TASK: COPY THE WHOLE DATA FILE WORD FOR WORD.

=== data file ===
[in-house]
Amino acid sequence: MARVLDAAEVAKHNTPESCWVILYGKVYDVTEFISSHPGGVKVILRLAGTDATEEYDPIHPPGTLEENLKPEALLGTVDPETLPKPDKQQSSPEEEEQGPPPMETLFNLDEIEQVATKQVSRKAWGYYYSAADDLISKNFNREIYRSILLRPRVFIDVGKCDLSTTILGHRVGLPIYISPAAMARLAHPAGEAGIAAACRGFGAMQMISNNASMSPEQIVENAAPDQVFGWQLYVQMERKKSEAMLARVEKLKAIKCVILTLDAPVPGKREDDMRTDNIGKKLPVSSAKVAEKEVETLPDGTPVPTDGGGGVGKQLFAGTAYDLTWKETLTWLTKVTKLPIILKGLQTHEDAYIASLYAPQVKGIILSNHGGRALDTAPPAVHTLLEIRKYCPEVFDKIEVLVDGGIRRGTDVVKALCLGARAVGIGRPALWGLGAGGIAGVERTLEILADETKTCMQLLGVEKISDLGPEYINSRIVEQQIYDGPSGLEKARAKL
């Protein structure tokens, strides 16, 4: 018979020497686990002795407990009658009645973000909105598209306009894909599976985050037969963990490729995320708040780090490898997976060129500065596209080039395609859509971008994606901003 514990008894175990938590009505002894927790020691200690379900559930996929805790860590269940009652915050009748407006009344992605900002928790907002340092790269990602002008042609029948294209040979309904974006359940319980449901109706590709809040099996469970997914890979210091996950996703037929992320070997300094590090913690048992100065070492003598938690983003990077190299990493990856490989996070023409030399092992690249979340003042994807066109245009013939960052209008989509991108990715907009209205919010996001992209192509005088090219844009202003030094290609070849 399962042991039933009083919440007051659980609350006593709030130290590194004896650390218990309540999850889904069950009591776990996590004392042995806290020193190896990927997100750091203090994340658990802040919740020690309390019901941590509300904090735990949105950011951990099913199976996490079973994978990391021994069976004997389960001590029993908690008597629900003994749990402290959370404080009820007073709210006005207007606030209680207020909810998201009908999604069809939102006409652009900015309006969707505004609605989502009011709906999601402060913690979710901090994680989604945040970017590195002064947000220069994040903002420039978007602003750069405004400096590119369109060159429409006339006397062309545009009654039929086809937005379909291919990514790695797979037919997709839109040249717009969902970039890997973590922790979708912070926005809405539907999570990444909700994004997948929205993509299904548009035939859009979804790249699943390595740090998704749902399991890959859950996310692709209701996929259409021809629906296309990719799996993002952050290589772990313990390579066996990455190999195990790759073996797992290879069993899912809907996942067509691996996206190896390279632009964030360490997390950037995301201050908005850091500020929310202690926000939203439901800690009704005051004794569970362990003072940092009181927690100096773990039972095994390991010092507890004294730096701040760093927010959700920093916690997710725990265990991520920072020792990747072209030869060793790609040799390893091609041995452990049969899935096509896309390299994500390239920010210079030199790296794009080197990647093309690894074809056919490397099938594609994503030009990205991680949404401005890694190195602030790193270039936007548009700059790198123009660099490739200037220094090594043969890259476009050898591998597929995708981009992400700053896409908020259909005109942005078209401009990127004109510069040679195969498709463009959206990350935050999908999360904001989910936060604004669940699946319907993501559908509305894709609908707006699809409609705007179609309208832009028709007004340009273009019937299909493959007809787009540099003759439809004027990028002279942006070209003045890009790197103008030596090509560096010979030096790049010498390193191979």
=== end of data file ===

[in-house]
Amino acid sequence: MARVLDAAEVAKHNTPESCWVILYGKVYDVTEFISSHPGGVKVILRLAGTDATEEYDPIHPPGTLEENLKPEALLGTVDPETLPKPDKQQSSPEEEEQGPPPMETLFNLDEIEQVATKQVSRKAWGYYYSAADDLISKNFNREIYRSILLRPRVFIDVGKCDLSTTILGHRVGLPIYISPAAMARLAHPAGEAGIAAACRGFGAMQMISNNASMSPEQIVENAAPDQVFGWQLYVQMERKKSEAMLARVEKLKAIKCVILTLDAPVPGKREDDMRTDNIGKKLPVSSAKVAEKEVETLPDGTPVPTDGGGGVGKQLFAGTAYDLTWKETLTWLTKVTKLPIILKGLQTHEDAYIASLYAPQVKGIILSNHGGRALDTAPPAVHTLLEIRKYCPEVFDKIEVLVDGGIRRGTDVVKALCLGARAVGIGRPALWGLGAGGIAGVERTLEILADETKTCMQLLGVEKISDLGPEYINSRIVEQQIYDGPSGLEKARAKL
């Protein structure tokens, strides 16, 4: 018979020497686990002795407990009658009645973000909105598209306009894909599976985050037969963990490729995320708040780090490898997976060129500065596209080039395609859509971008994606901003 514990008894175990938590009505002894927790020691200690379900559930996929805790860590269940009652915050009748407006009344992605900002928790907002340092790269990602002008042609029948294209040979309904974006359940319980449901109706590709809040099996469970997914890979210091996950996703037929992320070997300094590090913690048992100065070492003598938690983003990077190299990493990856490989996070023409030399092992690249979340003042994807066109245009013939960052209008989509991108990715907009209205919010996001992209192509005088090219844009202003030094290609070849 399962042991039933009083919440007051659980609350006593709030130290590194004896650390218990309540999850889904069950009591776990996590004392042995806290020193190896990927997100750091203090994340658990802040919740020690309390019901941590509300904090735990949105950011951990099913199976996490079973994978990391021994069976004997389960001590029993908690008597629900003994749990402290959370404080009820007073709210006005207007606030209680207020909810998201009908999604069809939102006409652009900015309006969707505004609605989502009011709906999601402060913690979710901090994680989604945040970017590195002064947000220069994040903002420039978007602003750069405004400096590119369109060159429409006339006397062309545009009654039929086809937005379909291919990514790695797979037919997709839109040249717009969902970039890997973590922790979708912070926005809405539907999570990444909700994004997948929205993509299904548009035939859009979804790249699943390595740090998704749902399991890959859950996310692709209701996929259409021809629906296309990719799996993002952050290589772990313990390579066996990455190999195990790759073996797992290879069993899912809907996942067509691996996206190896390279632009964030360490997390950037995301201050908005850091500020929310202690926000939203439901800690009704005051004794569970362990003072940092009181927690100096773990039972095994390991010092507890004294730096701040760093927010959700920093916690997710725990265990991520920072020792990747072209030869060793790609040799390893091609041995452990049969899935096509896309390299994500390239920010210079030199790296794009080197990647093309690894074809056919490397099938594609994503030009990205991680949404401005890694190195602030790193270039936007548009700059790198123009660099490739200037220094090594043969890259476009050898591998597929995708981009992400700053896409908020259909005109942005078209401009990127004109510069040679195969498709463009959206990350935050999908999360904001989910936060604004669940699946319907993501559908509305894709609908707006699809409609705007179609309208832009028709007004340009273009019937299909493959007809787009540099003759439809004027990028002279942006070209003045890009790197103008030596090509560096010979030096790049010498390193191979």